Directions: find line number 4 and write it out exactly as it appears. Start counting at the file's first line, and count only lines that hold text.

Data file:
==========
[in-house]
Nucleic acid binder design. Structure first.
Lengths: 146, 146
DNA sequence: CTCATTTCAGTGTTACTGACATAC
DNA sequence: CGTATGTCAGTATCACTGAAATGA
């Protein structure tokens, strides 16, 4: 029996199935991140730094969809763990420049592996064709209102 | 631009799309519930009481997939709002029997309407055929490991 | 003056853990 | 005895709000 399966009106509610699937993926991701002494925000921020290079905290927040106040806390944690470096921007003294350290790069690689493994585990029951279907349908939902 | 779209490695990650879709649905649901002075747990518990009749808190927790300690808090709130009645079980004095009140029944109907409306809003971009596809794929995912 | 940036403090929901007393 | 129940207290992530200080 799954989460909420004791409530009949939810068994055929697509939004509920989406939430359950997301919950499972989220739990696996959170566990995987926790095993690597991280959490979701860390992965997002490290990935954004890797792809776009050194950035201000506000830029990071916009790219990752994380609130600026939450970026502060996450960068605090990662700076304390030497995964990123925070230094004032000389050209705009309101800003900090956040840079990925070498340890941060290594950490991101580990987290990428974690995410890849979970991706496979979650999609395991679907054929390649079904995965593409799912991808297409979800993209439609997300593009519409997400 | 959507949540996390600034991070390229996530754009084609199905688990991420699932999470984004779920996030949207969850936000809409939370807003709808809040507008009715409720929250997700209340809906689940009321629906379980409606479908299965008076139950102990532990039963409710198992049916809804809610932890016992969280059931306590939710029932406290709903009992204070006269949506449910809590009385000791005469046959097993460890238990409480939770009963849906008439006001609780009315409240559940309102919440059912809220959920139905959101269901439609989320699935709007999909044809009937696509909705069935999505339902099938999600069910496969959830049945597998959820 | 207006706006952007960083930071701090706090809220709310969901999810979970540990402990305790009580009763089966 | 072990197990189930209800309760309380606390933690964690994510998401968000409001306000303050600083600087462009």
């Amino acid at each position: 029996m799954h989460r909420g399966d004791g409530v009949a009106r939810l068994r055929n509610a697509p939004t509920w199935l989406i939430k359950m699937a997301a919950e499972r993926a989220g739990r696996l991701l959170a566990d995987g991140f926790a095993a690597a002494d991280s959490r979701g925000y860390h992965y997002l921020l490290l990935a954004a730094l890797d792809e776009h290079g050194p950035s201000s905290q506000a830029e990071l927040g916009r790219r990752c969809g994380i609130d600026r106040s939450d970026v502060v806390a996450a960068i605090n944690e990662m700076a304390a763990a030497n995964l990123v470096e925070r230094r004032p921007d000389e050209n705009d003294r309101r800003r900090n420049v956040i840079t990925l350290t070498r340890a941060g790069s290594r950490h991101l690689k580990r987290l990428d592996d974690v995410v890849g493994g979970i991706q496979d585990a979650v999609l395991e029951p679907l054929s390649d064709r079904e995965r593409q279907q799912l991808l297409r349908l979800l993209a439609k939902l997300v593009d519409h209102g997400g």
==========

DNA sequence: CTCATTTCAGTGTTACTGACATAC